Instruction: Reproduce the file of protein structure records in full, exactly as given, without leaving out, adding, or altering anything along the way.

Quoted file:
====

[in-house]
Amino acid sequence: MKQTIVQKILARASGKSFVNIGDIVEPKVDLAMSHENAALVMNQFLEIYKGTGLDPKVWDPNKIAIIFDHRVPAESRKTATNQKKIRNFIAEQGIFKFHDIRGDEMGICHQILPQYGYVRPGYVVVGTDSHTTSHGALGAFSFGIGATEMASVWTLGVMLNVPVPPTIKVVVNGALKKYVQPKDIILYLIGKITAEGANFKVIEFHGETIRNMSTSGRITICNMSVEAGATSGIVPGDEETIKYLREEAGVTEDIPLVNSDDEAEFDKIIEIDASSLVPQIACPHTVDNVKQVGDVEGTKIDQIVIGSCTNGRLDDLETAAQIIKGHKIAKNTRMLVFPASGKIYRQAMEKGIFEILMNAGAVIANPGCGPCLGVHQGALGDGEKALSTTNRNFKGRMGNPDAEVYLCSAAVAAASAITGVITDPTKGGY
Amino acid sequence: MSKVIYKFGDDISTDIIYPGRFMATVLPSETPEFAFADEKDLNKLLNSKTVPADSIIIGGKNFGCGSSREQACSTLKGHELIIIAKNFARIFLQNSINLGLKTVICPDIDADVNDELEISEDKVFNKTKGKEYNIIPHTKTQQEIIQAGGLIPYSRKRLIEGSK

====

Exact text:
[in-house]
Amino acid sequence: MKQTIVQKILARASGKSFVNIGDIVEPKVDLAMSHENAALVMNQFLEIYKGTGLDPKVWDPNKIAIIFDHRVPAESRKTATNQKKIRNFIAEQGIFKFHDIRGDEMGICHQILPQYGYVRPGYVVVGTDSHTTSHGALGAFSFGIGATEMASVWTLGVMLNVPVPPTIKVVVNGALKKYVQPKDIILYLIGKITAEGANFKVIEFHGETIRNMSTSGRITICNMSVEAGATSGIVPGDEETIKYLREEAGVTEDIPLVNSDDEAEFDKIIEIDASSLVPQIACPHTVDNVKQVGDVEGTKIDQIVIGSCTNGRLDDLETAAQIIKGHKIAKNTRMLVFPASGKIYRQAMEKGIFEILMNAGAVIANPGCGPCLGVHQGALGDGEKALSTTNRNFKGRMGNPDAEVYLCSAAVAAASAITGVITDPTKGGY
Amino acid sequence: MSKVIYKFGDDISTDIIYPGRFMATVLPSETPEFAFADEKDLNKLLNSKTVPADSIIIGGKNFGCGSSREQACSTLKGHELIIIAKNFARIFLQNSINLGLKTVICPDIDADVNDELEISEDKVFNKTKGKEYNIIPHTKTQQEIIQAGGLIPYSRKRLIEGSK